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Summary:

SeaMicro’s server reveal this week reverberated across three distinct groups of techies: the green IT crowd, cloud computing devotees and computer server market watchers. Not that they’re mutually exclusive, but it’s rare to get all three to sit up and take notice at once. How did […]

SeaMicro’s server reveal this week reverberated across three distinct groups of techies: the green IT crowd, cloud computing devotees and computer server market watchers. Not that they’re mutually exclusive, but it’s rare to get all three to sit up and take notice at once. How did SeaMicro pull it off? With some innovative thinking and good timing.

SeaMicro’s low-power server, the SM10000, arrives at a crossroads in the computer industry: Demand for cloud computing centers keeps growing along with the energy required to operate them. Sure, IBM, HP, Dell and other server makers have jumped on the cloud bandwagon, but instead of helping their enterprise customers transition to a low-power, cloud-enabled future, they’re hellbent on delivering “cloud solutions” anchored on tweaked versions of their existing server, storage and networking products.

Not SeaMicro. The company ditched the typical volume server architecture and instead outfitted its system with 512 Intel Atom processors, the same chips that help netbooks give their owners several hours of computing time between battery charges. Along with some dynamic workload management, the system can deliver web pages and other non-compute-intensive functions typical of many web services without the electrical or cooling overhead of high-performance server chips. After all, why use a supercomputer when a pocket calculator will do?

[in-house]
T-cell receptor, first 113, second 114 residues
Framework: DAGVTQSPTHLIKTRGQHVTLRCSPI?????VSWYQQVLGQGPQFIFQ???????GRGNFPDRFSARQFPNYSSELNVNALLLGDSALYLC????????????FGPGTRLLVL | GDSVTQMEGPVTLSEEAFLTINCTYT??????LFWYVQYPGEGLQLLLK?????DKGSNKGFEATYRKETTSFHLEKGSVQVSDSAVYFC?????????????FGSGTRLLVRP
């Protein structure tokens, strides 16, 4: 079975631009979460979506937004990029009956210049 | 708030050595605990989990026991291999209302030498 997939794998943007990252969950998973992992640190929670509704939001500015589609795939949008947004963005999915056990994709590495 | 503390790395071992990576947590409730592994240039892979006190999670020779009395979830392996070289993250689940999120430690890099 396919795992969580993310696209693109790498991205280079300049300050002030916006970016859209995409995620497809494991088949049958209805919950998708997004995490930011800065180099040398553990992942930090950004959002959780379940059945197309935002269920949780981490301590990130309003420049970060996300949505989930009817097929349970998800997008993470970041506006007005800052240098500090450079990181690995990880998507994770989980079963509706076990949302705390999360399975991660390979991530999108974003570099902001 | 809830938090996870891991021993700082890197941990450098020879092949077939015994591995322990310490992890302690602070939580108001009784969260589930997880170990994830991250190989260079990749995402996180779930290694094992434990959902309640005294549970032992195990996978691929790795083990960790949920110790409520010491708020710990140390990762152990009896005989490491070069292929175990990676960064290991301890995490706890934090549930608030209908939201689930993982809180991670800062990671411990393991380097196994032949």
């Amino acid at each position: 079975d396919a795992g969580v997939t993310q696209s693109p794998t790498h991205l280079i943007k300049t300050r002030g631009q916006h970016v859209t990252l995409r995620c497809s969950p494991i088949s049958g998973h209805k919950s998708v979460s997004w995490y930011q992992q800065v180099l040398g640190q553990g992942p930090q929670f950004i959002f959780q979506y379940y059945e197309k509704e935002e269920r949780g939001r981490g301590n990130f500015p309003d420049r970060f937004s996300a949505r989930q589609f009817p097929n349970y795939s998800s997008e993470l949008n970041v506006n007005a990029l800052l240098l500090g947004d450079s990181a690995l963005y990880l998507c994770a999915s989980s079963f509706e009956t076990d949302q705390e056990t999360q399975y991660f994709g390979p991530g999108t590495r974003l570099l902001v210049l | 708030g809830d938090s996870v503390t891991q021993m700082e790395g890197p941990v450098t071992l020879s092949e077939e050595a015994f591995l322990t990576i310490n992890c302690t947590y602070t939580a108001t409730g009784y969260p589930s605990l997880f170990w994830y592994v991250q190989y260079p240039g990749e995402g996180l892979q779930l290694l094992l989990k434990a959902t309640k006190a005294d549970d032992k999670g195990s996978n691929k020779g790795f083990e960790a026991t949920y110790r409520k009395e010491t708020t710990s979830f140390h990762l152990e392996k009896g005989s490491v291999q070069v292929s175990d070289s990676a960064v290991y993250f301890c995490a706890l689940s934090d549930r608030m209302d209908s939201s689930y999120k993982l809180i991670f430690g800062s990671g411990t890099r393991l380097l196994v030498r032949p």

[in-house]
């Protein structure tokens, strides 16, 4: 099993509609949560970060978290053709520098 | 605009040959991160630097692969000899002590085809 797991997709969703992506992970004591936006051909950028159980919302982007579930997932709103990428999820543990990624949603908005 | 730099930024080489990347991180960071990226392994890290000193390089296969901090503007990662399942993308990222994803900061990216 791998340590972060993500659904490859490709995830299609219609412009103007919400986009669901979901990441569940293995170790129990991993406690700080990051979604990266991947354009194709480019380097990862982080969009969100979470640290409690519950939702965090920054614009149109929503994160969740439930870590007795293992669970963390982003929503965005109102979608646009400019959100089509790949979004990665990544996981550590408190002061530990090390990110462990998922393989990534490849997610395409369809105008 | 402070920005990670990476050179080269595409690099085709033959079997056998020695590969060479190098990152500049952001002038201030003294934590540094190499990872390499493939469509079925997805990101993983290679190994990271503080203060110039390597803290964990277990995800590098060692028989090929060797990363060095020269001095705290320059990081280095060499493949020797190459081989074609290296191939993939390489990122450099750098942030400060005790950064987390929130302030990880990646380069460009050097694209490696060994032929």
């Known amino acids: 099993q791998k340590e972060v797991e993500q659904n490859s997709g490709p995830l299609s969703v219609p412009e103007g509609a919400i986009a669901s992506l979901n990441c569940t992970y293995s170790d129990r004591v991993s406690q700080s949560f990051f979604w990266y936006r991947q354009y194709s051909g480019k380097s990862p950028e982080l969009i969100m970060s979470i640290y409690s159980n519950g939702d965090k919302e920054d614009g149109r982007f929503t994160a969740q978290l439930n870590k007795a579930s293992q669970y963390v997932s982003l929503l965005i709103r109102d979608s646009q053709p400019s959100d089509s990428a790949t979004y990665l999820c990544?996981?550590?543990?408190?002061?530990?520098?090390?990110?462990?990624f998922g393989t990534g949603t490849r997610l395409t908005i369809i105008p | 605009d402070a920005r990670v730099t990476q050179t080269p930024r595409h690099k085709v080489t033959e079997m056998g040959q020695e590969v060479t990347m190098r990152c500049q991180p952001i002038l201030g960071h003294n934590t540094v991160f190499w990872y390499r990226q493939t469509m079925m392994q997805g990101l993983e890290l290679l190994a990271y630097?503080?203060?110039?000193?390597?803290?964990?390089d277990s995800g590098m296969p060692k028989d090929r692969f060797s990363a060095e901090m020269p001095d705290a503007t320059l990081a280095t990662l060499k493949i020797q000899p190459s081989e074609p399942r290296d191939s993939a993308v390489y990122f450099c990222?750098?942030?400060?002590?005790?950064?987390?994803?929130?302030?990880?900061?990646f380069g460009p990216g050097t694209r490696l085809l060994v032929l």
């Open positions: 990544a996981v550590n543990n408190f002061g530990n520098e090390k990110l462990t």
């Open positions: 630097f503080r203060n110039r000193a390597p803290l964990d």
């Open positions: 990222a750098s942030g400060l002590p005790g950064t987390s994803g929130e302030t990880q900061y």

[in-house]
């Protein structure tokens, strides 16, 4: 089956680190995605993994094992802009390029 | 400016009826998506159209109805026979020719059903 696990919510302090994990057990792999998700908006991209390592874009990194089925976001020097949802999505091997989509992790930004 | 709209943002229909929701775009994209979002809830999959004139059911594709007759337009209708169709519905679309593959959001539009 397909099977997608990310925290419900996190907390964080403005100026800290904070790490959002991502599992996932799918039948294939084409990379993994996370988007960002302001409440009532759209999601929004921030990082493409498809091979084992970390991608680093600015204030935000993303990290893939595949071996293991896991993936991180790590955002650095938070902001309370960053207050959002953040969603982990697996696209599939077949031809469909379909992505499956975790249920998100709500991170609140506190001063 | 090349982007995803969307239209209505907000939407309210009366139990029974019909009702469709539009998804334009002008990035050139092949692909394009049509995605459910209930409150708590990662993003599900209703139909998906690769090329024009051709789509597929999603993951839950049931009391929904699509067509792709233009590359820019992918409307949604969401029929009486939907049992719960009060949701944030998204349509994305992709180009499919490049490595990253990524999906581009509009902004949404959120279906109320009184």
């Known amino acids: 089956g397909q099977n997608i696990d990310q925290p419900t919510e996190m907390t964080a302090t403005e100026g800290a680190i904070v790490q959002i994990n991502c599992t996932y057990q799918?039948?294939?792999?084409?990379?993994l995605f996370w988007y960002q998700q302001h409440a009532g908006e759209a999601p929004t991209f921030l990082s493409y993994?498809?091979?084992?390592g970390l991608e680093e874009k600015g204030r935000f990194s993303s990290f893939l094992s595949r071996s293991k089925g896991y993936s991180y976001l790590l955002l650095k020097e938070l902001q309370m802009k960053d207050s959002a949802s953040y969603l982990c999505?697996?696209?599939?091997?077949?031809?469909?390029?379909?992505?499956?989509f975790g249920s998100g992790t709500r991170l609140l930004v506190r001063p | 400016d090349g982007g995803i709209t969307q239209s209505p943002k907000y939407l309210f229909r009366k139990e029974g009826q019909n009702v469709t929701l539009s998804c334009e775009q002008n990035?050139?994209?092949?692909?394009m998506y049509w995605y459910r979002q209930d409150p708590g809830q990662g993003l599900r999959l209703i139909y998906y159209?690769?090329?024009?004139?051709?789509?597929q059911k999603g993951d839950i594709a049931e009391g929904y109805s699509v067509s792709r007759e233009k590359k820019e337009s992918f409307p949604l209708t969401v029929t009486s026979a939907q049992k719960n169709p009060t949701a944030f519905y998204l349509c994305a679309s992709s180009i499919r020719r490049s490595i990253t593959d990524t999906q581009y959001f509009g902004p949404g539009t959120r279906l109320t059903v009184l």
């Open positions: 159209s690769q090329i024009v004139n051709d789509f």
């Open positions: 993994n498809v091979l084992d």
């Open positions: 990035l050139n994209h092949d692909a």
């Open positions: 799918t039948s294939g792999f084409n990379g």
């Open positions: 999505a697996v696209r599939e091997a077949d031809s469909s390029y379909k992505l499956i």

By SeaMicro’s reckoning, its server can save businesses anywhere from just over $1 million to nearly $3 million in energy costs (depending on CPU utilization) over four years vs. a comparable Dell server setup. It’s an impressive return on the server’s $139,000 starting price, even if those estimates fall on the optimistic side. It also doesn’t hurt that the SM10000 arrives as web giants grapple with climbing energy costs and an increased awareness of the Internet’s (growing) impact on global carbon emissions.

For more on my thoughts on SeaMicro, and its place in the competitive server market, check out this week’s update on GigaOM Pro (subscription required).

By Pedro Hernandez

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